sincerely, Jon" (no last name or contact information provided). This isn't
a huge deal, but it's perhaps indicative.

MZMcBride



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Re: [Wikimedia-l] Non-renewal of Wikimedia UK fundraiser agreement

Russavia
In reply to this post by Richard Symonds-3
Richard,

To answer 1 and 2 together, and thanks for your response....

As you noted, under Gift Aid charities receive a 25% premium on donations
(I hope that's correct just going on your figures), and I can't see the WMF
really wanting to lose what is essentially, well, a gift.

As Fae mentioned in his response, the WMF could set up a trust in the UK
for the sole purpose of fundraising, to ensure that the 25% gift aid is
retained. They could then distribute these funds to whichever countries
they like.

This is apparently how Greenpeace operates with the Greenpeace
Environmental Trust[1] used to fundraise for the organisation, and
Greenpeace Limited doing the stuff that wouldnt be legal for the charitable
trust to do. With the fundraising the GET receives they can use these funds
to support the upkeep of their foreign ships, or to protest Russian goings
ons in the Arctic.

I sincerely can't see WMF wanting to lose the premium on donations which I
am sure they are aware of, and they don't want WMUK collecting donations,
so the logical conclusion to this is that they are bypassing WMUK to do
this themselves (which they have already stated, except for the how).

So that we have some idea could we please get some figures on how WMUK
collected for the WMF, and how much of the 25% premium (if that it was it
is) the WMUK received.

Cheers

Russavia

[1]
http://apps.charitycommission.gov.uk/Showcharity/RegisterOfCharities/CharityWithPartB.aspx?RegisteredCharityNumber=284934&SubsidiaryNumber=0




On Wed, May 21, 2014 at 8:19 PM, Richard Symonds <
[hidden email]> wrote:

> Hi Russavia,
>
> Just a quick response to your points:
>
>    1. Yes. Gift Aid isn't quite the same as tax deductibility. To take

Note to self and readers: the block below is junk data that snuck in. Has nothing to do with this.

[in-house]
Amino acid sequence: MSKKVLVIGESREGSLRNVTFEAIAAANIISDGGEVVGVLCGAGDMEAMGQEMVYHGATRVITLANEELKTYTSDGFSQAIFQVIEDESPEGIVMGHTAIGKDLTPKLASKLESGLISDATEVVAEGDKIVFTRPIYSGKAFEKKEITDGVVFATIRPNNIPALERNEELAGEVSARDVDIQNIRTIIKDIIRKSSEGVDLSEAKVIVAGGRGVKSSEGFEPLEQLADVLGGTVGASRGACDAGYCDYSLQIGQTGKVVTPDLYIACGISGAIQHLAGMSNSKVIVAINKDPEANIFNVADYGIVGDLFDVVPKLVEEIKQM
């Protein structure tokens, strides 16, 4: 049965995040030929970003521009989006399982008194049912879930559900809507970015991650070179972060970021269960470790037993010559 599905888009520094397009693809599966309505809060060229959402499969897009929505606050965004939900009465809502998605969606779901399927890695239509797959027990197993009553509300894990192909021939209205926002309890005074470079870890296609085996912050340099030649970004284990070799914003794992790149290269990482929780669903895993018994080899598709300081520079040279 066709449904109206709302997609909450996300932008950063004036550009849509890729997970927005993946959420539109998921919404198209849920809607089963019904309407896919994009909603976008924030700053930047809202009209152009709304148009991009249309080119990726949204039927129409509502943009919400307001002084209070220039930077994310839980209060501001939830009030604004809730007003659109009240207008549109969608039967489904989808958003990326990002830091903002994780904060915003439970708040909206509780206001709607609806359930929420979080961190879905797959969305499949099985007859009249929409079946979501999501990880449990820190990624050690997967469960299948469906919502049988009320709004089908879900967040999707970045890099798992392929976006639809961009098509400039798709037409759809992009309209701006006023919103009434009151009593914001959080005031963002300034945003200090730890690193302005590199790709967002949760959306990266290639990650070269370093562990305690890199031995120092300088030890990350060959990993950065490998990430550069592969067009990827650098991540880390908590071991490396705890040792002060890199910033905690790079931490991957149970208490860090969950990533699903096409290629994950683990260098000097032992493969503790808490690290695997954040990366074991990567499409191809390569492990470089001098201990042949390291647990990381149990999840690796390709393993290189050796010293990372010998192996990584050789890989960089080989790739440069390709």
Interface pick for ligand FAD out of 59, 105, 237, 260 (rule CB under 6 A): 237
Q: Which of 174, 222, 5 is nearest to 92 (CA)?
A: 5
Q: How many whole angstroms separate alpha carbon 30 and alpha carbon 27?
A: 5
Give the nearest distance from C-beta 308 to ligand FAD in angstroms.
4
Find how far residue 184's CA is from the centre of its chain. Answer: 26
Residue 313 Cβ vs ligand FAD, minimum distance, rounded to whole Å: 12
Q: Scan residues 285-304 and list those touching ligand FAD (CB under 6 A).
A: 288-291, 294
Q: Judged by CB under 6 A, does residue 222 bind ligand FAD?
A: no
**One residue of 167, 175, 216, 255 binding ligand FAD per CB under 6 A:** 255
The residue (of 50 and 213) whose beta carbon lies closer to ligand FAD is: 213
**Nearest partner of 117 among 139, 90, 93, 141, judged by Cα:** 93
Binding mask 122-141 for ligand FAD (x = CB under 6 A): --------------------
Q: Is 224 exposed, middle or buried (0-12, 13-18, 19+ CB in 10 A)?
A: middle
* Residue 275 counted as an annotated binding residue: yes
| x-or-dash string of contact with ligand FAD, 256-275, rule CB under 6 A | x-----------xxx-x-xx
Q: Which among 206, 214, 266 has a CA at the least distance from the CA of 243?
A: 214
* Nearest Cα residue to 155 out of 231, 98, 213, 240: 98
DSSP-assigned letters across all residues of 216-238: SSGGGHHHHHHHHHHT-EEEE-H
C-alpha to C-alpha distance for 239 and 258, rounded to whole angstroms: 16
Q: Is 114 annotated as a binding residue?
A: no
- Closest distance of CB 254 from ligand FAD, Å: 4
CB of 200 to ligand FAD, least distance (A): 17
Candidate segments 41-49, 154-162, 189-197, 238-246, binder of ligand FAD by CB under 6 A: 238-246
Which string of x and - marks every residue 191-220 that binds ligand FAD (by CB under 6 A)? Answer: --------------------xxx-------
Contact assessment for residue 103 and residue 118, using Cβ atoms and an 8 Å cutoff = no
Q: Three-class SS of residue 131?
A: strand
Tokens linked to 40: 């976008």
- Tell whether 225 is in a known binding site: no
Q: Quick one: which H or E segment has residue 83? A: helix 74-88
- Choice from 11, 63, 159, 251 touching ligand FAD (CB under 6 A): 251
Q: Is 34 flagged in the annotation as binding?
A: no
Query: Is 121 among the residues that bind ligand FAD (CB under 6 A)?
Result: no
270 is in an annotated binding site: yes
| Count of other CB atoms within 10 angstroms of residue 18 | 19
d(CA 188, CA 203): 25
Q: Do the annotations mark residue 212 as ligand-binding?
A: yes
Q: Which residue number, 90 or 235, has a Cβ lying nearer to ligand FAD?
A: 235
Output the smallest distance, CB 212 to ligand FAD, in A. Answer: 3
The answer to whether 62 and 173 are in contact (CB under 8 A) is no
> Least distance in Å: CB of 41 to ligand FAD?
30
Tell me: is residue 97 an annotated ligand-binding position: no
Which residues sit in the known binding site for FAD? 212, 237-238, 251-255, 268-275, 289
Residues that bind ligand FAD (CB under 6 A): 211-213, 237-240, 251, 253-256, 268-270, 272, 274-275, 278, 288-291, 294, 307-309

>    Wikipedia's example, when Mr Smith donates £100 to a charity, the
> charity
>    gets £100 from him, plus an extra £25 from the government. It's more
>    complex than this - not everyone is eligible - but broadly this is the
> case.
>    2. Probably not. See
>
> http://www.charitycommission.gov.uk/frequently-asked-questions/faqs-about-registering-a-charity/can-i-register-the-uk-branch-of-an-overseas-charity/
>    .
>    3. I'm not sure where the 50% figure came from, but it is incorrect. The
>    correct figure for that year is 69%. For this past quarter, the correct
>    figure is even better, at 80.24%. In addition, our fundraising costs as
> a
>    percentage of total spend have dropped from 22% to 10%. If anyone wants
>    more information on this, our treasurer is happy to discuss it with
> them by
>    email.
>    4. As for the planes - it is indeed fantastic and a good example of how,
>    even where we may disagree, we can still all pull together to do great
> work
>    for the movement. Speaking personally, it's a shame we don't have
> something
>    similar for ships!
>
>
> Richard Symonds
> Wikimedia UK
> 0207 065 0992
>
> Wikimedia UK is a Company Limited by Guarantee registered in England and
> Wales, Registered No. 6741827. Registered Charity No.1144513. Registered
> Office 4th Floor, Development House, 56-64 Leonard Street, London EC2A 4LT.
> United Kingdom. Wikimedia UK is the UK chapter of a global Wikimedia
> movement. The Wikimedia projects are run by the Wikimedia Foundation (who
> operate Wikipedia, amongst other projects).
>
> *Wikimedia UK is an independent non-profit charity with no legal control
> over Wikipedia nor responsibility for its contents.*
>
>
> On 21 May 2014 12:22, Russavia <[hidden email]> wrote:
>
> > Hi all,
> >
> > A couple of things popped into my head that I am unsure of, but hope
> > someone might be able to answer.
> >
> > 1) I understand that processing of UK donations in the US has significant
> > tax implications on the funds collected. I would imagine that the WMF